Feb 7, 2022
Contact: Brian Consiglio, 573-882-9144, firstname.lastname@example.org
Older adults with dementia or mild cognitive impairment sometimes struggle to remember daily tasks, including managing medications, shopping for groceries and tracking upcoming events, including birthdays, anniversaries or doctor appointments.
In a recent study involving researchers at the University of Missouri and Baylor University, older adults with dementia or mild cognitive impairment were able to improve their memory by using a personal assistant application on their smartphones to receive reminders about upcoming events and activities.
Andrew Kiselica is an assistant professor in the MU School of Health Professions. He collaborated with principal investigators Michael Scullin of Baylor University and Jared Benge of University of Texas—Austin, to study older adults with dementia or mild cognitive impairment and track how they performed with various memory tasks for four weeks. The study participants were instructed to take photos at certain locations or to make phone calls on certain days.
The researchers trained the older adults on how to use a personal assistant application on their smartphones, similar to Siri, to provide reminders for these tasks, as well as other daily events or activities they may struggle to remember.
“We were successfully able to train the adults to use the technology, and also the adults that used the personal assistants the most had the best memory performance,” Kiselica said. “Some people may have had doubts about if we could train these older adults with cognitive impairment to use the technology or if they would find it helpful, and the preliminary evidence suggests it helped them with their memory and improved their quality of life.”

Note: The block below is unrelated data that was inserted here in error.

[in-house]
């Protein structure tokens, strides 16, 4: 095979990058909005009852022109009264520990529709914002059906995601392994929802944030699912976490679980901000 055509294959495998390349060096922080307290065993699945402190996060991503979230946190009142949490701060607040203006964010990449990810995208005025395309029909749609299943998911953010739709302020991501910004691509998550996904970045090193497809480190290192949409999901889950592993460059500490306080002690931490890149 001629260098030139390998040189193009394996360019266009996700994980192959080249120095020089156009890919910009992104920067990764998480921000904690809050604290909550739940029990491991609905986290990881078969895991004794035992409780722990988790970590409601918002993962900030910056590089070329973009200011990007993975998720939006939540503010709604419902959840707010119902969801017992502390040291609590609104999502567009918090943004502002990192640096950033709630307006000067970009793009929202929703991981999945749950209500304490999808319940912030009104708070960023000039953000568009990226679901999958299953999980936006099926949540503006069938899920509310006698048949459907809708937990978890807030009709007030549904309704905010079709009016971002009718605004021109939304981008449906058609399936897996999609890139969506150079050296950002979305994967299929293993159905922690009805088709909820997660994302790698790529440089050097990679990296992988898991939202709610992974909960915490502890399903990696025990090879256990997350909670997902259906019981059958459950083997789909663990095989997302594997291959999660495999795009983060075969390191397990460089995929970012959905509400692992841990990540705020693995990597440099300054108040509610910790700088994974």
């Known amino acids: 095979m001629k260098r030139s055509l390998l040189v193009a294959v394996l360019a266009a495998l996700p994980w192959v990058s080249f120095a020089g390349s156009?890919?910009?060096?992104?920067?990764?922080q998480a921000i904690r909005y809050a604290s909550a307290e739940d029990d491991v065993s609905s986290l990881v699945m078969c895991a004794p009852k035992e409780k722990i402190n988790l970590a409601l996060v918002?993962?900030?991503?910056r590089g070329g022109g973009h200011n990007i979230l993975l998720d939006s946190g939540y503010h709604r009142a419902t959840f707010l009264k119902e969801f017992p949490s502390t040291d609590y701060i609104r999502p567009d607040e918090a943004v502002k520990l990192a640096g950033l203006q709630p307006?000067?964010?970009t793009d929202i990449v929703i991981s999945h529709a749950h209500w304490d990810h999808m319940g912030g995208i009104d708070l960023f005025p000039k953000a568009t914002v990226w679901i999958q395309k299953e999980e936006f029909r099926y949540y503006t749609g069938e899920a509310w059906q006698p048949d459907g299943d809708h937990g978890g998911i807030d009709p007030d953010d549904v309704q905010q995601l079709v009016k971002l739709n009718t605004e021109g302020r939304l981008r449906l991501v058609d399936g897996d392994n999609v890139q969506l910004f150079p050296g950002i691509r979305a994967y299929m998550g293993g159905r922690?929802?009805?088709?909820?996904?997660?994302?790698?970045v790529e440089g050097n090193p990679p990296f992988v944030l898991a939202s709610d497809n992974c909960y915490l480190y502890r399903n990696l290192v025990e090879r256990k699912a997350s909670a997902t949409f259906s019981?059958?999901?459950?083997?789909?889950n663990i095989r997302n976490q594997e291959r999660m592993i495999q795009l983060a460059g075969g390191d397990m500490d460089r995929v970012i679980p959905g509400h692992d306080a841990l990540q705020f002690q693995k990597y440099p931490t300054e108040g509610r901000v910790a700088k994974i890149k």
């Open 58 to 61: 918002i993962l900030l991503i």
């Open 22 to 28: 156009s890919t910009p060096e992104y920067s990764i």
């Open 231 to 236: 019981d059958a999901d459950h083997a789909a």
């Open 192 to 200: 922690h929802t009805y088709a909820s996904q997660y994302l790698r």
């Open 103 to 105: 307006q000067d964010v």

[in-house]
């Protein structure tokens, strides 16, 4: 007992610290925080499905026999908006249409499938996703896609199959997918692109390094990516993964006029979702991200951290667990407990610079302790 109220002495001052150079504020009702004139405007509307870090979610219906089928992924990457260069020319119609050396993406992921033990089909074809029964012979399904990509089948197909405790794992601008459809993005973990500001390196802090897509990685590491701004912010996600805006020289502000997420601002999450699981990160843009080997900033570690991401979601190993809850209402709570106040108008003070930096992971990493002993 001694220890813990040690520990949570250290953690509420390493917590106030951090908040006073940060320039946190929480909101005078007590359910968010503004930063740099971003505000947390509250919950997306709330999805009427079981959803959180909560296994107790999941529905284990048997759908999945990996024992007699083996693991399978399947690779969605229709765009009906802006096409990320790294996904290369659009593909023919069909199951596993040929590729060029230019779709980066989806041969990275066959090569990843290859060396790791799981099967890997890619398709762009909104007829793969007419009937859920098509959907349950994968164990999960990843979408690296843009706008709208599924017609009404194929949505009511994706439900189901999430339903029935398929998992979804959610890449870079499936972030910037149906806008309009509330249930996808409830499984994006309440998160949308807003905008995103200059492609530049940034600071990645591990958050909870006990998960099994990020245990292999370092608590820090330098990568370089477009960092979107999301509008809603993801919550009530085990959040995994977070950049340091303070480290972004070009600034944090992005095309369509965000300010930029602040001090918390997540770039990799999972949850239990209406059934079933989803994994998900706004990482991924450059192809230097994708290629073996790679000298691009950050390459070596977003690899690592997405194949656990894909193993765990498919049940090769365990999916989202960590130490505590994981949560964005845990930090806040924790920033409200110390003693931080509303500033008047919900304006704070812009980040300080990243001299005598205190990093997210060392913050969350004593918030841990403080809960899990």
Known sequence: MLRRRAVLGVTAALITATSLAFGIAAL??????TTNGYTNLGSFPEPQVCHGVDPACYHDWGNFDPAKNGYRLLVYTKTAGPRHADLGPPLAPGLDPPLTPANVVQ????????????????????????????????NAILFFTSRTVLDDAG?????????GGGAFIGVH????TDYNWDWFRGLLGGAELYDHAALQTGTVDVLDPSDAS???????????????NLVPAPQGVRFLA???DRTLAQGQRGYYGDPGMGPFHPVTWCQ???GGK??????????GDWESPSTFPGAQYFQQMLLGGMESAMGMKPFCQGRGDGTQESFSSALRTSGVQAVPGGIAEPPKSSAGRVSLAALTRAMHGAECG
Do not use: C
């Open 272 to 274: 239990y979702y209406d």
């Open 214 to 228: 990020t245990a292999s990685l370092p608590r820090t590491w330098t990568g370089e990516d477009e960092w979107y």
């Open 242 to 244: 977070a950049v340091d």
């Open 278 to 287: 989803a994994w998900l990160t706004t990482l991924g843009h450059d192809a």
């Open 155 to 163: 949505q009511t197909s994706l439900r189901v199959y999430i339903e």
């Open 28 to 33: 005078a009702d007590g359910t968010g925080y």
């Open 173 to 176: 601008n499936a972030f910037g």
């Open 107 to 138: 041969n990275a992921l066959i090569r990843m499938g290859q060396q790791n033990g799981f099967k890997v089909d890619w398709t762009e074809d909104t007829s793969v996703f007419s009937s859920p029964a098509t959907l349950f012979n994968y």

Kiselica explained the COVID-19 pandemic has led to an increase in technology use among older adults, and he is interested in evaluating if memory can be improved by technology-based interventions.
“One interest area of my research is figuring out how do we best diagnose people with cognitive impairment conditions as early as possible,” Kiselica said. “Then, once they receive the diagnosis, how can we help them manage their condition so they can live their best life possible, and this is one solution that seemed to work well.”
Both of Kiselica’s grandfathers developed dementia, and while going through neuropsychology training in graduate school, he saw his mother’s father become unable to walk or speak due to severe dementia.
“I am passionate about helping others that might be going through similar difficulties,” Kiselica said. “If we can encourage the use of technology-based strategies in older adults with thinking issues, they may have better memory performance over the long term.”
“Using smartphone technology to improve prospective memory functioning: A randomized controlled trial” was recently published in the Journal of the American Geriatrics Society. Michael Scullin of Baylor University was the lead author on the study, and co-authors include Andrew Kiselica of MU, Winston Jones of Baylor University, Jared Benge of University of Texas—Austin, Richard Phenis, Samantha Beevers, Sabra Rosen and Kara Dinh of Baylor Scott and White, and Francis Keefe of Duke University Medical Center. Funding for the study was provided by Microsoft and the National Institute on Aging.